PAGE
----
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streets of dublin

‘It’s gone beyond a joke’: workers in Dublin's north city centre share concerns in wake of attack

Some staff said they would like to see a permanent Garda presence in the area.

BUSINESS OWNERS AND workers on Dublin’s Talbot Street and O’Connell Street say anti-social behaviour and shoplifting are commonplace in the area.

The streets around the capital’s main thoroughfare are in the spotlight after a serious attack on an American tourist, just weeks after a Ukrainian actor was attacked shortly after performing at the Abbey Theatre. 

On Friday, Justice Minister Helen McEntee visited the area to meet with senior gardaí in the wake of the latest attack. Assistant Commissioner for the Dublin Metropolitan Area Angie Willis said Talbot Street and the city centre was “absolutely” safe to walk around, adding that gardai had a “visible presence”. 

When The Journal visited the area on Friday to speak to those who spend their working days there, many said they would like to see a much stronger garda presence. 

Numerous people also said they believed the situation had deteriorated in recent years, particularly since the Covid pandemic. 

Sandra Gallagher, store manager of the popular Talbot Street shop Guineys, said that local businesses have been told that there will be a bigger garda presence in the area from August of this year. Gallgaher said that was not soon enough. 

Gallagher said the Gardaí that are present in the area have “never been anything but extremely helpful” but she said there are simply not enough of them.

Gallagher also said that it would be impossible to operate the department store on Talbot Street without having a security guard.

She added that the new Garda station on O’Connell Street has not made a difference to crime and anti-social behaviour in the area.

Opened in March, the O’Connell Street Garda Station came as part of an effort to increase the presence of gardaí in Dublin city centre.

The station is staffed by one sergeant and four gardaí and is open from 8am to 2am.

Other workers in the area made similar comments about the lack of a visible garda presence. 

Dean Elliott, an assistant in Dunne Stores, said crime in the area was “very bad” and that he has to stop people stealing from the shop every day. 

“The Gardaí are good but overloaded,” Elliott said.

He gave the example of a woman whose phone was robbed from her recently in the middle of the day while walking the short distance from Dunnes Stores to Guineys.

“You really have to be on your guard in the area.

“If I walk up the street on my break I’ll have my hand covering my wallet in my pocket,” he added.

The Journal spoke to a number of security staff from businesses on Talbot Street, all of whom wished to remain anonymous. 

One said he couldn’t understand why the Gardaí would not place one or two members of the force constantly on patrol at either end of the street. 

One supervisor of a cafe on Talbot Street said she often needed to call the Gardaí when there was anti-social behaviour outside, where the business has an outdoor seating area.

unnamed Karen Kumagai, a Dublin resident and her boyfriend JP Cantu said they feel Dublin is safer than some other cities they have lived in.

This could include people bothering customers or refusing to vacate the seating when asked. She said gardai often arrived “two or three hours later”.

She said the situation had not changed in the 18 months she has worked on Talbot Street.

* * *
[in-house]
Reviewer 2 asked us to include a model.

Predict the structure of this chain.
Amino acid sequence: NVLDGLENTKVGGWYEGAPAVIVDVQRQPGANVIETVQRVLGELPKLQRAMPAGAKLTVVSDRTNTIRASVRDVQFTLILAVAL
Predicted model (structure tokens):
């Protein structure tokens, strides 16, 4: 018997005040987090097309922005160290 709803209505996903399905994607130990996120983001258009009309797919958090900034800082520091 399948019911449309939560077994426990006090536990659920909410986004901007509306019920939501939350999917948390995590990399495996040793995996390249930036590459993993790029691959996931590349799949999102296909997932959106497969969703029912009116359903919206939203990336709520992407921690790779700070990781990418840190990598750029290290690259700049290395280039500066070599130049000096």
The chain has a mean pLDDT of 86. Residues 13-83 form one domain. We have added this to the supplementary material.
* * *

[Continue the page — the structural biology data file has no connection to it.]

Sonia Walsh, who works at the flower stall at the base of the spire on O’Connell Street said she is from the city centre but she wouldn’t feel safe letting her grandchildren out there in the evenings.

“It’s not like when I was growing up. It’s gone beyond a joke. 

“I wouldn’t like to be here after 6pm,” she added. 

Isabella, who asked not to give her last name, works in another cafe in the area and previously worked in Dealz on Talbot Street before it closed down last year.

She said she frequently called gardai to come to the shop because of shoplifting but “they would wait a long time to come – hours”.

She would like to see more Gardaí on the street in the area.

Not everyone in the area agreed however that O’Connell Street and the city centre has become dangerous. 

Karen Kumagai, a Dublin resident and her boyfriend JP Cantu told The Journal that Dublin is not so bad when compared to other cities.

“It’s not so safe and at night it is more dangerous, but compared to where I’m from in Brazil it is completely safe,” Kumagai said. 

“I can walk here at night easily – of course not with my phone in my hand – but it’s fine if I walk here alone at night.”

Cantu who is from Mexico and lives in Ireland added: “It depends on the time of day, but until midnight it’s okay and there’s not much to worry about.”

Government response

Local politicians called for a stronger response from government.

Gary Gannon, a Social Democrats TD for the area, said the Taoiseach’s north inner city task force should be extended to include O’Connell Street and the areas around it. Set up in 2016 in the wake of significant gang violence in residential areas of the north inner city, the taskforce has responsibility for long-term economic and social regeneration.

“I walk through that part of the city [centre] most days during the week. It isn’t safe,” Gannon said.

Dublin City Councillor Joe Costello said he would like to see a greater garda presence in the area, but he added that measures to promote a sense of community for local residents would also be welcome.

“There’s a lot of issues involved,” Costello said.

He added that more needs to also be done to support people with substance abuse issues in the area.

With reporting from Valerie Flynn

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